German giants return to football as Spain, UK death rates fall

Ryland James, with AFP bureaus
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Empty stands are set to become a regular sight as football league in Europe try to salvage their seasons

German football champions Bayern Munich kicked off their first match in more than two months on Sunday as Spain and Britain recorded their lowest daily coronavirus death tolls since March, but the devastating pandemic remained on the march elsewhere.

With a worldwide virus death toll of nearly 312,000 and the global economy reeling from the vast damage caused by lockdowns, numerous European countries are lifting restrictions to provide much-needed respite for their beleaguered and impatient populations.

But the virus is still surging in Brazil, which saw its number of deaths soar past 15,000 with 230,000 infections, making it the country with the fourth-highest number of cases.

Germany's Bundesliga at the weekend became the first top football league to return after lockdown, and defending champions Bayern Munich was up against Union Berlin inside an empty stadium in the capital on Sunday evening.

Already attracting a record TV audience, the restart is under intense scrutiny as a test case, with top sports competitions trying to find ways to resume play without increasing the risk of spreading the virus, which has infected 4.6 million people globally.

However there were calls for the Bundesliga to tighten its hygiene protocol after several players celebrated goals by hugging -- two even kissing on the cheek -- during Saturday's games.

- Latin America cases surge -

A day before Spain is set to further ease its lockdown measures, the country recorded 87 new virus-related deaths -- the first time the number has fallen below 100 in two months.

Britain also registered its lowest daily increase since late March, with 170 fatalities. However that number did not include Nothern Ireland due to a technical issue -- and these figures are often lower on weekends due to lags in reporting.

Despite the optimism in some European countries, rising infection and fatality numbers in other parts of the world offered grim reminders of the threat COVID-19 poses.

The number of cases in Latin America passed half a million as Chile locked down its capital Santiago following a sharp rise in infections.

Despite Brazil's surging numbers, far-right President Jair Bolsonaro is keen to end lockdowns, which he claims have unnecessarily damaged the economy.

"Unemployment, hunger and misery will be the future of those who support the tyranny of total isolation," he tweeted.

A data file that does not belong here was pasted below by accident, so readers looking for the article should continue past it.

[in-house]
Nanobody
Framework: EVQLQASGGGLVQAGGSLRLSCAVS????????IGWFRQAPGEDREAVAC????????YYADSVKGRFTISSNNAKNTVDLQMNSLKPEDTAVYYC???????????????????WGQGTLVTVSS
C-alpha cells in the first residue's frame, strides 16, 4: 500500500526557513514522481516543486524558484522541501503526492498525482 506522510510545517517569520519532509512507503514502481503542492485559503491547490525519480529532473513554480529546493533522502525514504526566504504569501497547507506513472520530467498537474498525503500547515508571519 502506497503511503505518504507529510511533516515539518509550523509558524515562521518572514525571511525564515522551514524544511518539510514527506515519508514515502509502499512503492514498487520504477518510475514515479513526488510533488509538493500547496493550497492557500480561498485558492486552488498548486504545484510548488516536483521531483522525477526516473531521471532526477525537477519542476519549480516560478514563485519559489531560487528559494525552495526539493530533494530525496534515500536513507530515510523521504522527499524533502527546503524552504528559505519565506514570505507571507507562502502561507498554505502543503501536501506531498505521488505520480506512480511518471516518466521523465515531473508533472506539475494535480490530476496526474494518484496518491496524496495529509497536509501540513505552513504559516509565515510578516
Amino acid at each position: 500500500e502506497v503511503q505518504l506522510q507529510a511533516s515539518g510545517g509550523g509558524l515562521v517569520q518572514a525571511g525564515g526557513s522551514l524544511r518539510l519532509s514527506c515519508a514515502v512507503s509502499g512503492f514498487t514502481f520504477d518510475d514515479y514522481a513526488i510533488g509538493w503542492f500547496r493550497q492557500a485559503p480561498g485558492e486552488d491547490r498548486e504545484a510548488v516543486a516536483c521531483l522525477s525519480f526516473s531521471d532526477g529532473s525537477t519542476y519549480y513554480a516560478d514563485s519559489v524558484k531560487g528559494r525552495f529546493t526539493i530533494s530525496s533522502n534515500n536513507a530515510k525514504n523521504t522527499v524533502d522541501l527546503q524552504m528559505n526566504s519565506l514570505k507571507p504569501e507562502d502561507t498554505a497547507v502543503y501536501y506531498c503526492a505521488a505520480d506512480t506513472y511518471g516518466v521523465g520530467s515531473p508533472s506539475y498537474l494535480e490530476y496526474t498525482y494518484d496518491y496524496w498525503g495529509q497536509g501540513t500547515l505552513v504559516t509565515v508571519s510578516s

India meanwhile reported its biggest single-day jump in infections, prompting an extension of a nationwide lockdown for its 1.3 billion people until the end of May.

Russia, which has the world's second highest number of infections, claimed Sunday that steadying case rates showed the growth of the virus had been halted, after reporting its deadliest day yet on Saturday.

Madagascar and Nepal reported their first coronavirus-linked deaths, while Qatar began enforcing the world's toughest penalties of up to three years' prison for failing to wear a mask in public.

Whether masks are an effective weapon against the virus has been a significant question during the pandemic. A team of Hong Kong experts said Sunday that research conducted on hamsters found that non-contact transmission of the virus could be reduced by more than 60 percent when masks are used.

- Europe relaxes -

The weekend offered welcome relief for people in European countries which relaxed restrictions earlier in the week, with leisure-seekers enjoying newly reopened beaches in France, Greece and Italy, and Britons basking in the sun in parks.

Catholics attended mass in the east of France on Sunday for the first time in two months, but the faithful were inside their cars in a car park, with communion given by mask-wearing priests.

"Clean hands give the communion, clean hands receive it," said bishop Francois Touvet in Chalons-en-Champagne. "An exceptional measure for an exceptional situation."

Italy, for a long stretch the world's worst-hit country, will allow EU tourists to visit from June 3, and has scrapped quarantine requirements.

It is also preparing to reopen restaurants, cafes and most other commercial activities on Monday, but authorities have warned of the danger of social gatherings.

Out of 50 new cases recorded overnight in the Lazio region, which includes Rome, 18 were from four families who attended a single funeral, the region's top health official said.

But with the threat of a second wave of infections and with no vaccine available, authorities in many countries have asked people not to throng public spaces as they are made accessible again.

- 'Not even pretending to be in charge' -

In China, where the virus first emerged late last year but has largely been brought under control, the government's senior medical advisor warned of just such a second wave due to a lack of immunity among the population.

"We are facing (a) big challenge, it's not better than the foreign countries I think at the moment," Zhong Nanshan told CNN.

But with people growing weary of confinement and suffering immense economic pain, pressure is growing on governments to ease lockdowns despite the threat.

President Donald Trump has been keen to restart the world's biggest economy despite the US recording a world-worst 88,000 deaths and 1.47 million cases.

Former president Barack Obama took a swipe at the US response to the pandemic, telling graduates at a virtual college commencement ceremony that many leaders today "aren't even pretending to be in charge" -- a remark widely regarded as a rare rebuke of his successor.

"Doing what feels good, what's convenient, what's easy –- that's how little kids think."